The Archival Turn in Feminism
Outrage in Order
Publication Year: 2013
A volume in the American Literatures Initiative
Published by: Temple University Press
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Title Page, Copyright
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In the early to mid 1990s, as many established feminist institutions were falling into decline, girls and young women across North America started to plot a new revolution. Armed with little more than scissors, glue, and stolen time on copy machines, they made zines an integral part of their movement. ...
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In early 2009, Jenna Freedman, one of the activist librarians I met during the course of researching this book, invited me to attend a conference at Columbia University on the subject of “archiving women.”1 Freedman, the founder of the Barnard Zine Library and a speaker at the conference, used the opportunity to discuss the development of the collection ...
1. The "Scrap Heap" Reconsidered: Selected Archives of Feminist Archiving
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In October 2010, Susan Faludi published an article in Harper’s Magazine on the subject of “feminism’s ritual matricide.” In summary, Faludi argues that American feminism has always been and remains structured by a matricidal impulse. ...
2. Archival Regeneration: The Zine Collections at the Sallie Bingham Center
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If the feminist archives featured in this study are unique in the history of feminist archival initiatives, then it is to the extent that they represent a relationship to time and history that has only recently become possible. After all, these archives reflect the sort of relationship to time and history ....
3. Redefining a Movement: The Riot Grrrl Collection at Fales Library and Special Collections
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In the early 1990s , most people in North America, including most feminists, had never heard the term “Riot Grrrl.” By 1993, Riot Grrrl was synonymous with a style and politic signifying a new feminism—a feminism for the “video-age generation . . . sexy, assertive and loud.”1 This is the story told by Sara Marcus in Girls to the Front. ...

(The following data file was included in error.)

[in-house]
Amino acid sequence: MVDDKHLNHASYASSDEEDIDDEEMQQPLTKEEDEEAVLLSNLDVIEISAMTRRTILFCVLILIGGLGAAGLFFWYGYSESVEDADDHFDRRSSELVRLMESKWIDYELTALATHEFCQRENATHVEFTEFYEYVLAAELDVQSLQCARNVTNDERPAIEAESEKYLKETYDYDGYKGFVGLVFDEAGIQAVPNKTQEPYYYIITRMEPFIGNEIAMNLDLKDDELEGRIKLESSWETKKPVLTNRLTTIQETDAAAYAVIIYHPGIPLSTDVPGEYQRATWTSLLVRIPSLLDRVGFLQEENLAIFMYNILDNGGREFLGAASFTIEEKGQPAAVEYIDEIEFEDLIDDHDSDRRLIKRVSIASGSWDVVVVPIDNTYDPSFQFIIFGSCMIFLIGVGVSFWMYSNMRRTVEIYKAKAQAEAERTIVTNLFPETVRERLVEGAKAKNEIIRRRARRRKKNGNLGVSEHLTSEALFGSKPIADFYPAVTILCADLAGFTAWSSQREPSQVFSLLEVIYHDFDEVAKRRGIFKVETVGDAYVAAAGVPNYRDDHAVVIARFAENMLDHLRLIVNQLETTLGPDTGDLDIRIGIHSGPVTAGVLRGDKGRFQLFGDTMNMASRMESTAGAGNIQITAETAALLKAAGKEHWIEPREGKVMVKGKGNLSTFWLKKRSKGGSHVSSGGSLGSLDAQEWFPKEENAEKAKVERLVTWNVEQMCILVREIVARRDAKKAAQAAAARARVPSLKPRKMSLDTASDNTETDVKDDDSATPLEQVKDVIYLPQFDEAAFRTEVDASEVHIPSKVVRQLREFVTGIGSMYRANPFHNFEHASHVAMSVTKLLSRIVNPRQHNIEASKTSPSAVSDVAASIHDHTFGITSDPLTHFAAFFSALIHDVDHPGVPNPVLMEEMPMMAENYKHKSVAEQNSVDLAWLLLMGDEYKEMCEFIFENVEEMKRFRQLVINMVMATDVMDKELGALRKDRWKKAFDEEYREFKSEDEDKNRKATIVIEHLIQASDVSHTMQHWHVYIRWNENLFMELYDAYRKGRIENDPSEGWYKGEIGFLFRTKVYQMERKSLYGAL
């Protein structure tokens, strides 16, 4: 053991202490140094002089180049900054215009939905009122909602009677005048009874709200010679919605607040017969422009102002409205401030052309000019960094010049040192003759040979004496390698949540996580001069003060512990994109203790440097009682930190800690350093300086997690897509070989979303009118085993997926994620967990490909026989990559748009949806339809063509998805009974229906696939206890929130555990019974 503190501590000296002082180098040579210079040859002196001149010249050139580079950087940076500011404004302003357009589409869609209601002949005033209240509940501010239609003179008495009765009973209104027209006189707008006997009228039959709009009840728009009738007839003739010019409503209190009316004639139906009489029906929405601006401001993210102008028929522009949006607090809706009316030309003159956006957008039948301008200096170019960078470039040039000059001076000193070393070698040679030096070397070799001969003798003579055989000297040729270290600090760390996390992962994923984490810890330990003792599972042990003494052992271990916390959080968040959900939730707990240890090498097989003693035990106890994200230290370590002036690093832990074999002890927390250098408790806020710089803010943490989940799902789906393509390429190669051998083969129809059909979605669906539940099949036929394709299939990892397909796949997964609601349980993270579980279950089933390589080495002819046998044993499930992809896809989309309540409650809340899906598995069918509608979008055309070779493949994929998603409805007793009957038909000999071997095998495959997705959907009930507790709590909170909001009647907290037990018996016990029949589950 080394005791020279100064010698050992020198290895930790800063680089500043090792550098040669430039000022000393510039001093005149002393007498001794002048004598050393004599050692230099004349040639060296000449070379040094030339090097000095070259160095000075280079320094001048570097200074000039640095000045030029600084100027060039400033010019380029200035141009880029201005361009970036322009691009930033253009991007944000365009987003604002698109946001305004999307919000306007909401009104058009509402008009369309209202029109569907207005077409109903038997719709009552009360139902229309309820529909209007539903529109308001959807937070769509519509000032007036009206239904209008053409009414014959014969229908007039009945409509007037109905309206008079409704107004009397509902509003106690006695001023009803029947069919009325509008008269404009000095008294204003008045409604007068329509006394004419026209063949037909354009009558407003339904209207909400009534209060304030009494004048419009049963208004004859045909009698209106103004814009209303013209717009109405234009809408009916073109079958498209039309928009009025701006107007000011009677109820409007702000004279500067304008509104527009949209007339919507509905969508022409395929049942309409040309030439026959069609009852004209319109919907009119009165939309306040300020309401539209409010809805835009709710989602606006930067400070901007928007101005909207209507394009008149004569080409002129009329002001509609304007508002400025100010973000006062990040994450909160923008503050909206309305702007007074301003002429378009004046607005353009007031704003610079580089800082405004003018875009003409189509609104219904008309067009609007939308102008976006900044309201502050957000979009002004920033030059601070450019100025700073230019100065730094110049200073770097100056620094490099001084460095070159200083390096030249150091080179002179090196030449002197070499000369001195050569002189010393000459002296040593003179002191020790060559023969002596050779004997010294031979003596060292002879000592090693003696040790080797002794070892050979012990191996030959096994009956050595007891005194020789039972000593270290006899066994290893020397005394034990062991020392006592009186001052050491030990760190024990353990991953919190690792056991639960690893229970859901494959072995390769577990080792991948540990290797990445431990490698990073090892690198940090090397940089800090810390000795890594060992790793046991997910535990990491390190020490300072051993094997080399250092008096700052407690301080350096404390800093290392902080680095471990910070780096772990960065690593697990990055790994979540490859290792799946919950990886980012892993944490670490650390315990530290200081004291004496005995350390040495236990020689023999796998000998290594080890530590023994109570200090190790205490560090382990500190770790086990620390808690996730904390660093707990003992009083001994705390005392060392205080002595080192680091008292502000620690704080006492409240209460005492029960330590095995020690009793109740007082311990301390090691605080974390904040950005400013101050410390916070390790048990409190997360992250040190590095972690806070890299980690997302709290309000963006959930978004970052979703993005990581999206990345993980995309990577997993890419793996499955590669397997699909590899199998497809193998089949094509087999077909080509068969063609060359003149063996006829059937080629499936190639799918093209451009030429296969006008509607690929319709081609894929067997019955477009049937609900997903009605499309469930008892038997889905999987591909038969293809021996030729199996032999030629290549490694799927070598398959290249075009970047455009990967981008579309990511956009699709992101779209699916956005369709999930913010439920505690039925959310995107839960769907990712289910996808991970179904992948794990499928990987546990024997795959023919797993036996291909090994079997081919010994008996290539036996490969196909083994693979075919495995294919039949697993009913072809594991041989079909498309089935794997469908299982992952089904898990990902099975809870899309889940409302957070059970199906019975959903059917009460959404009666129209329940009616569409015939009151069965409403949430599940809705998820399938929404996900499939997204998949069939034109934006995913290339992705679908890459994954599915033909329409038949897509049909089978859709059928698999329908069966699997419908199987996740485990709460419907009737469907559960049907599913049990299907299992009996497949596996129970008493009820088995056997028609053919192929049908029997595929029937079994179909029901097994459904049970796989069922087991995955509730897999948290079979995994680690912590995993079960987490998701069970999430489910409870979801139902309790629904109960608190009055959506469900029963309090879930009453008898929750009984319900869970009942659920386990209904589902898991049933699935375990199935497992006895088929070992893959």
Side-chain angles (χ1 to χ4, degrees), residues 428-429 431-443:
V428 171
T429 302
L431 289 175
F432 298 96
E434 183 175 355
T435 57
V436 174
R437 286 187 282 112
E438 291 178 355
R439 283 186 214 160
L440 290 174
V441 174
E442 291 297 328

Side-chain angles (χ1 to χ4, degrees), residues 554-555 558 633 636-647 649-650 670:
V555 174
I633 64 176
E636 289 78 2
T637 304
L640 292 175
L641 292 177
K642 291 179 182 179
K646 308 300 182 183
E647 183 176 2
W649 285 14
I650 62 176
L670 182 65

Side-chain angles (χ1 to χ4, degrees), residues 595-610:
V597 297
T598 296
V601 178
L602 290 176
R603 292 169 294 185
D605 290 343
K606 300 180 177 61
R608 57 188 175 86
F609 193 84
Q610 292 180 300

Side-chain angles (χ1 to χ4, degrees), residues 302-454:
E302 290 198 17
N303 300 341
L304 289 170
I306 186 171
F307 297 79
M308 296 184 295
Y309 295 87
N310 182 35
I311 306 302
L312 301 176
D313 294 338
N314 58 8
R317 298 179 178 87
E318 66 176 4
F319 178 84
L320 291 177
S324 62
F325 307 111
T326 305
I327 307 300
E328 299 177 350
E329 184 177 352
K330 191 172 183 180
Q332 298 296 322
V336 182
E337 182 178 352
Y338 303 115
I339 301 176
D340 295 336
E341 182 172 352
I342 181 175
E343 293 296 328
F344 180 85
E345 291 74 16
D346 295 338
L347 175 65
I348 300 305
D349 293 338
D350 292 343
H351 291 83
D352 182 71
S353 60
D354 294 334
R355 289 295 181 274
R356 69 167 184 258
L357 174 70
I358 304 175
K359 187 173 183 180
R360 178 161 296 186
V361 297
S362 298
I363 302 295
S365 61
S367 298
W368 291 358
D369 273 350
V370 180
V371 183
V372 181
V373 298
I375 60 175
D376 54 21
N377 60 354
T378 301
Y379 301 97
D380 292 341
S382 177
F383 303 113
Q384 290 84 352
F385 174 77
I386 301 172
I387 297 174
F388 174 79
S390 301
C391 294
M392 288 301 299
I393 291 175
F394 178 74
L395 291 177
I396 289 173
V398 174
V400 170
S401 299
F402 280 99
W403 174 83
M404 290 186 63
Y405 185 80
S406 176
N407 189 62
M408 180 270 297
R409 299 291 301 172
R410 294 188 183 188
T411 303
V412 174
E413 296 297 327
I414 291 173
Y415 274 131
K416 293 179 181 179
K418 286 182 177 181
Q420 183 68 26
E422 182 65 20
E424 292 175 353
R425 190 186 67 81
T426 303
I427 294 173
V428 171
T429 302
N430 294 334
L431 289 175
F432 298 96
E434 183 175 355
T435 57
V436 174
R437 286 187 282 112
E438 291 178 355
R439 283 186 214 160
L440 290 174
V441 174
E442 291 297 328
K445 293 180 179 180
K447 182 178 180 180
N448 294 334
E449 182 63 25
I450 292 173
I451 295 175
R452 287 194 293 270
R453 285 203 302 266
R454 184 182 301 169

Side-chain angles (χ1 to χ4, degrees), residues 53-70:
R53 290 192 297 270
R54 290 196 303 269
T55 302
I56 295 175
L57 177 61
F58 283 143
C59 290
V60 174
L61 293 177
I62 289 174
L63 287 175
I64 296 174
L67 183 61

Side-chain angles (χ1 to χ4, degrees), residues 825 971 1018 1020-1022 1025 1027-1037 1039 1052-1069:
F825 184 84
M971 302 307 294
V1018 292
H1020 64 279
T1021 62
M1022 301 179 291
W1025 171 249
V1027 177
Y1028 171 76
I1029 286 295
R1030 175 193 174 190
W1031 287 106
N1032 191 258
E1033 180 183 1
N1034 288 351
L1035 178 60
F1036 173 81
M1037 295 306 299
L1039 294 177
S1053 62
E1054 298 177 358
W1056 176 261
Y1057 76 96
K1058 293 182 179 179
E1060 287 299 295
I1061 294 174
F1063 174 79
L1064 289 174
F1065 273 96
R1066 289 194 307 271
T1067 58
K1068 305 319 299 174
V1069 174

4. Radical Catalogers and Accidental Archivists: The Barnard Zine Library
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I met Jenna Freedman at Barnard College, the women’s college at Columbia University, in 2006. On the occasion of my first visit, Freedman, perhaps more widely known as the “zine librarian” and sometimes simply as the “blue-haired librarian,”1 gave me a tour of the zine library she founded at the Barnard Library in 2003. ...
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In many respects, this book opens where Ann Cvetkovich’s An Archive of Feelings ends. Although Cvetkovich’s study is concerned with queer and lesbian archives rather than feminist archives, the overlaps between our studies are notable; at times they cover similar terrain and even refer to some of the same collections, cultural phenomena, and urban geographies. ...
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About the Author
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Page Count: 190
Publication Year: 2013